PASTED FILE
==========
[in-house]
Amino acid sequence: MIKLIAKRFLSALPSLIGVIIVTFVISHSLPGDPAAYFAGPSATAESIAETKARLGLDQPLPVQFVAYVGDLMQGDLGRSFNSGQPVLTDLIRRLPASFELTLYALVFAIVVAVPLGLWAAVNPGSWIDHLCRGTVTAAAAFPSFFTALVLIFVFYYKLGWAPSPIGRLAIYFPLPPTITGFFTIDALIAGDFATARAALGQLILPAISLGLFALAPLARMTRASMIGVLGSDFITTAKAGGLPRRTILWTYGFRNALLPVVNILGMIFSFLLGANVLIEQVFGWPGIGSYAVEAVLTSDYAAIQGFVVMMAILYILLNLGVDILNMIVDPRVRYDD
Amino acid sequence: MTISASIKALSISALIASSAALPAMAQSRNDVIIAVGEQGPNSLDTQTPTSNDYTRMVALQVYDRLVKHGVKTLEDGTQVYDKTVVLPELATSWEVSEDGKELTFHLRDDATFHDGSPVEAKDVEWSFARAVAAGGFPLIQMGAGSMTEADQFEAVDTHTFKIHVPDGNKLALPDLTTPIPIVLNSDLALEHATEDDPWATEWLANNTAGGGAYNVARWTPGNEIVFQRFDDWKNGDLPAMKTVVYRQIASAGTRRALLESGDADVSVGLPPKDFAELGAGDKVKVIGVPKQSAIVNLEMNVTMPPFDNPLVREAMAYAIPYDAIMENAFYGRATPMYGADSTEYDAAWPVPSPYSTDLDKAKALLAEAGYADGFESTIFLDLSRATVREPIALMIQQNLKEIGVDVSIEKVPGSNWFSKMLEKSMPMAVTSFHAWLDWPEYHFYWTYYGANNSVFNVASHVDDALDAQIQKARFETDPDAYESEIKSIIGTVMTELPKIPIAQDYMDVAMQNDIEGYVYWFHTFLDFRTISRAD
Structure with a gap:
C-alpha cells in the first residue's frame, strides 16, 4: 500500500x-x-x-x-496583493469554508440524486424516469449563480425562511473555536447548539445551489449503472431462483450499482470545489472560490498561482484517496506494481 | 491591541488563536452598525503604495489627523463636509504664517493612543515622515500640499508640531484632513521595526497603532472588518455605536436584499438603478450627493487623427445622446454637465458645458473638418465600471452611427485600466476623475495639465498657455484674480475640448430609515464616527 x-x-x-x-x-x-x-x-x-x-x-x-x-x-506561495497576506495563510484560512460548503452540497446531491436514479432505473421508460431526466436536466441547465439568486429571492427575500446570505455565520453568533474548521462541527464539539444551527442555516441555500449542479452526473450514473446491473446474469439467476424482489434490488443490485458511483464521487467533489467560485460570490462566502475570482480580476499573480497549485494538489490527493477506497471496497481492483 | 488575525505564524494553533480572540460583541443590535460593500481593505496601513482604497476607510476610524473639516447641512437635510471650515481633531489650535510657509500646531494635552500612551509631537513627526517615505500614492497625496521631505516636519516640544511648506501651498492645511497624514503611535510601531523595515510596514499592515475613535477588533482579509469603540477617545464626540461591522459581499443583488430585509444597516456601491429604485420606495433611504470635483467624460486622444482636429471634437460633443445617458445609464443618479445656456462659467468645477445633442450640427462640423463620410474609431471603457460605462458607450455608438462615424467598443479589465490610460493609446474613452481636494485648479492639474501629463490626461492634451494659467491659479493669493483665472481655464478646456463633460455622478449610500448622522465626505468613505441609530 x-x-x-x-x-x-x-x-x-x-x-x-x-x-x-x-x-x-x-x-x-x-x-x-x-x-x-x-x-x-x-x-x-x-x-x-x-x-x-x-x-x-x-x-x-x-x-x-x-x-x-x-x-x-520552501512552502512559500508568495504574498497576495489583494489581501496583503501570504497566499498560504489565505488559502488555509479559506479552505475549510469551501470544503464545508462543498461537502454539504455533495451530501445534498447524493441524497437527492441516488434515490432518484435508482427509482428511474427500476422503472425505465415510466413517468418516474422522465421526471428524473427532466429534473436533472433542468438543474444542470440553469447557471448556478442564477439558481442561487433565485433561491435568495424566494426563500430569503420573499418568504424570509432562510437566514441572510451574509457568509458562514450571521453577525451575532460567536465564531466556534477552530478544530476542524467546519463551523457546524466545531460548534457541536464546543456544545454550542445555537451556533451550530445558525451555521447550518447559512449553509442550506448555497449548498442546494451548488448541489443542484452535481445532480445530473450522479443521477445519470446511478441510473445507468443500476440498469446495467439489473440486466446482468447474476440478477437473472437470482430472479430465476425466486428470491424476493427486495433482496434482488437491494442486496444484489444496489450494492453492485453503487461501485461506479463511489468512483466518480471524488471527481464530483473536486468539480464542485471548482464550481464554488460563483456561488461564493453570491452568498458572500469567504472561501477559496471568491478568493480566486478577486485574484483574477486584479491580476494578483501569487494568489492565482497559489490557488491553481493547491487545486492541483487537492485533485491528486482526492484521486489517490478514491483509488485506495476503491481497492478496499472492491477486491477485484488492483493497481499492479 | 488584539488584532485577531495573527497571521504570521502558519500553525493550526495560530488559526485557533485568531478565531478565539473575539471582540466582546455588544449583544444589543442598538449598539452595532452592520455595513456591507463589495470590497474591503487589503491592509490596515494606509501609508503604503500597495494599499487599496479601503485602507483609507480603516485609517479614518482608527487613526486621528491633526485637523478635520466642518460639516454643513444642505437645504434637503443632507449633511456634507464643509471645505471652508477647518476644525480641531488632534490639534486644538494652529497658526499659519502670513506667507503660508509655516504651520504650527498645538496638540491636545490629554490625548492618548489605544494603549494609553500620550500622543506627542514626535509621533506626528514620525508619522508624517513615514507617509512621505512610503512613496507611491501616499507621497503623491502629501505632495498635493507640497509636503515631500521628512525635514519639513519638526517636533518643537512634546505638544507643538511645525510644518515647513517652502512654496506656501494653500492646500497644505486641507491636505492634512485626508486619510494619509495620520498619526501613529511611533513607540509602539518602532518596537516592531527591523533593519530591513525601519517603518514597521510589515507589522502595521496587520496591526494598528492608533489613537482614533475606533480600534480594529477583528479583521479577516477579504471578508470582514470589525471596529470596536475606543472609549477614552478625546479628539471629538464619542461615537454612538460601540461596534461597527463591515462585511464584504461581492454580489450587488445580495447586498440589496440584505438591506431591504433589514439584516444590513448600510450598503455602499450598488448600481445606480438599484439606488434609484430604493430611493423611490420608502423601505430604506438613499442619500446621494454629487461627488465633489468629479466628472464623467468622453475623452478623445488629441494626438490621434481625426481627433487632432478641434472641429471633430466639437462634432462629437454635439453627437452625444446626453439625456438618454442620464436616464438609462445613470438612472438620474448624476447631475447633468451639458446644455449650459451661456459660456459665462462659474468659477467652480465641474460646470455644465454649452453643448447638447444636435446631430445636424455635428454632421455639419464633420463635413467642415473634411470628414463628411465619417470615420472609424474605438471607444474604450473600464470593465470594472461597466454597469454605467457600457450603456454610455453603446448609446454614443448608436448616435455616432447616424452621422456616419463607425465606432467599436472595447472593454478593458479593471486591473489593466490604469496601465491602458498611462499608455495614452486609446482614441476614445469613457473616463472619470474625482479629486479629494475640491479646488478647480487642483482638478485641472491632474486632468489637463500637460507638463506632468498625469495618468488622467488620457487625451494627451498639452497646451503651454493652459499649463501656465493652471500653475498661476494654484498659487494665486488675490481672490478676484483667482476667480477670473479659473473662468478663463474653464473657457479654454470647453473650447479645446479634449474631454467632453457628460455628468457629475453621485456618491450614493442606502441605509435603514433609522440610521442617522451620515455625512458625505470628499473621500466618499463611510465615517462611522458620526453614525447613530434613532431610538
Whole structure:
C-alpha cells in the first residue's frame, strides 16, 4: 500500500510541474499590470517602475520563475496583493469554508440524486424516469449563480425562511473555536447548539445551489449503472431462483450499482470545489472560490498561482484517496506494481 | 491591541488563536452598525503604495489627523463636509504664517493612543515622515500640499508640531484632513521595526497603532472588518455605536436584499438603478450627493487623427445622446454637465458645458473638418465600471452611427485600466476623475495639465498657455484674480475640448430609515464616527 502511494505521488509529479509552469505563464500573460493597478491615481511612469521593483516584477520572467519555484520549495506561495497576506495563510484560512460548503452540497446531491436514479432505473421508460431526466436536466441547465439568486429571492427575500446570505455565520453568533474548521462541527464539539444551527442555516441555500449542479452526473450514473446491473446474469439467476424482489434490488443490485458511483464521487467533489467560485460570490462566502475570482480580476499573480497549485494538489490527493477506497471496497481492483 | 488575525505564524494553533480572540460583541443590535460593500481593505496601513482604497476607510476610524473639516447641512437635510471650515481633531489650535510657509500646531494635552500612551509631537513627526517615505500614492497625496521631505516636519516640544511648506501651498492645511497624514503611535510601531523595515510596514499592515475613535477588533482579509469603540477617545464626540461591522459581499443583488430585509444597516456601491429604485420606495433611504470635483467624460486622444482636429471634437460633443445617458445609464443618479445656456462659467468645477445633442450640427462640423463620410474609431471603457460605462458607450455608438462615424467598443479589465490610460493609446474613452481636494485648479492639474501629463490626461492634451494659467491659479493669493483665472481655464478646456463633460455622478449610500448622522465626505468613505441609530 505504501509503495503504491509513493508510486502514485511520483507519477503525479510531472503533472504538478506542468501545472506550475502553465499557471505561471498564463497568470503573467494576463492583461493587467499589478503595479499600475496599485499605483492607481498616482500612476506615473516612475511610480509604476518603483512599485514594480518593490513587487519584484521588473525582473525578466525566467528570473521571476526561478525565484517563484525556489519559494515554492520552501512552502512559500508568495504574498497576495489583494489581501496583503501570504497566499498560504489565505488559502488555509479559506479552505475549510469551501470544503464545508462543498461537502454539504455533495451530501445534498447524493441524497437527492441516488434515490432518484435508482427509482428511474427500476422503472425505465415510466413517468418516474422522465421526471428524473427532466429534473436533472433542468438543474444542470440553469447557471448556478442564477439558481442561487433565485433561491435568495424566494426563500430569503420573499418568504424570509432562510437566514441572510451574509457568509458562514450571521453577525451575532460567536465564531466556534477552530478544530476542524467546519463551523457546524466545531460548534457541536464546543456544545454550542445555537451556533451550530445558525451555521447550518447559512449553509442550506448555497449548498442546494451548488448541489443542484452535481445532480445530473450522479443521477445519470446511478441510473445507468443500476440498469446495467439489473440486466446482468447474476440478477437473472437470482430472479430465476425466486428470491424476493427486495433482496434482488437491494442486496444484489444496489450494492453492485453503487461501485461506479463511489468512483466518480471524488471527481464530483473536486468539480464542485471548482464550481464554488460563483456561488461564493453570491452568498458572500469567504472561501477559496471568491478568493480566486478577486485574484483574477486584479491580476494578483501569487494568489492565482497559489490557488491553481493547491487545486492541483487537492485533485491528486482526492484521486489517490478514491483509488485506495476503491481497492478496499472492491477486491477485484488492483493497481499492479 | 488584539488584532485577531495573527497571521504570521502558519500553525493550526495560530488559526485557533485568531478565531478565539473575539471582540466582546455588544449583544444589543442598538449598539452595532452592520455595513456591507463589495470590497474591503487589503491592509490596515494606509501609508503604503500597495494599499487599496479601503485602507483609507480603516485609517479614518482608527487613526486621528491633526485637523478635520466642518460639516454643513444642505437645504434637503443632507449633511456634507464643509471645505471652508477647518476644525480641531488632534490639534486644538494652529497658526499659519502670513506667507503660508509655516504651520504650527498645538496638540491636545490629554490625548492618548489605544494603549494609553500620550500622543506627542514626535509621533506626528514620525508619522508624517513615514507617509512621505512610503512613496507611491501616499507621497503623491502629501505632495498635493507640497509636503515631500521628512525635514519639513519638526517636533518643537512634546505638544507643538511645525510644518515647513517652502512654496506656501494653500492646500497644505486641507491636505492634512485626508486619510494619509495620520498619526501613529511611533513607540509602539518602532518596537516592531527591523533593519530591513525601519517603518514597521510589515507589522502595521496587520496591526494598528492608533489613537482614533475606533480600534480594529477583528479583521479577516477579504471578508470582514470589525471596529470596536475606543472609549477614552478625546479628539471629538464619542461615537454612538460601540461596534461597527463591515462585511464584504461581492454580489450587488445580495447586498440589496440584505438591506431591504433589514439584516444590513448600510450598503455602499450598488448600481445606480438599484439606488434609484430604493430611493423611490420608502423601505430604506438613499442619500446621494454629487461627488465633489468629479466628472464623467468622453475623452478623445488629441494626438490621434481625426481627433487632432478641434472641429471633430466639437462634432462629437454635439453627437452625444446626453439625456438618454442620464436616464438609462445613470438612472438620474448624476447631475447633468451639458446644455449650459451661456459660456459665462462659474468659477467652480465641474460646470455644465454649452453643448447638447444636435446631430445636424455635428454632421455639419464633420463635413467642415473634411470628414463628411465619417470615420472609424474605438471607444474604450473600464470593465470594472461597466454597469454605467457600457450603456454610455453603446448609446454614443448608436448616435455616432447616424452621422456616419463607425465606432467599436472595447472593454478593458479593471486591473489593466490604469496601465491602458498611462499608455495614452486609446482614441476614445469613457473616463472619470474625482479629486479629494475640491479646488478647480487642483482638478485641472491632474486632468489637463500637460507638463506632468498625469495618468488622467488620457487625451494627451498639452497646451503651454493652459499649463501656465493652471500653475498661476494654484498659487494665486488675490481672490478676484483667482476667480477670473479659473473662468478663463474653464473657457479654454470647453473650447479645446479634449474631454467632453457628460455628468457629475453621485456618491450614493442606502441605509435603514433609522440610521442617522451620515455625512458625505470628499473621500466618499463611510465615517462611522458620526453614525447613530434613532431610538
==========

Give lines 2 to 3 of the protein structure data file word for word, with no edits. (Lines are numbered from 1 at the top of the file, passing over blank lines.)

Amino acid sequence: MIKLIAKRFLSALPSLIGVIIVTFVISHSLPGDPAAYFAGPSATAESIAETKARLGLDQPLPVQFVAYVGDLMQGDLGRSFNSGQPVLTDLIRRLPASFELTLYALVFAIVVAVPLGLWAAVNPGSWIDHLCRGTVTAAAAFPSFFTALVLIFVFYYKLGWAPSPIGRLAIYFPLPPTITGFFTIDALIAGDFATARAALGQLILPAISLGLFALAPLARMTRASMIGVLGSDFITTAKAGGLPRRTILWTYGFRNALLPVVNILGMIFSFLLGANVLIEQVFGWPGIGSYAVEAVLTSDYAAIQGFVVMMAILYILLNLGVDILNMIVDPRVRYDD
Amino acid sequence: MTISASIKALSISALIASSAALPAMAQSRNDVIIAVGEQGPNSLDTQTPTSNDYTRMVALQVYDRLVKHGVKTLEDGTQVYDKTVVLPELATSWEVSEDGKELTFHLRDDATFHDGSPVEAKDVEWSFARAVAAGGFPLIQMGAGSMTEADQFEAVDTHTFKIHVPDGNKLALPDLTTPIPIVLNSDLALEHATEDDPWATEWLANNTAGGGAYNVARWTPGNEIVFQRFDDWKNGDLPAMKTVVYRQIASAGTRRALLESGDADVSVGLPPKDFAELGAGDKVKVIGVPKQSAIVNLEMNVTMPPFDNPLVREAMAYAIPYDAIMENAFYGRATPMYGADSTEYDAAWPVPSPYSTDLDKAKALLAEAGYADGFESTIFLDLSRATVREPIALMIQQNLKEIGVDVSIEKVPGSNWFSKMLEKSMPMAVTSFHAWLDWPEYHFYWTYYGANNSVFNVASHVDDALDAQIQKARFETDPDAYESEIKSIIGTVMTELPKIPIAQDYMDVAMQNDIEGYVYWFHTFLDFRTISRAD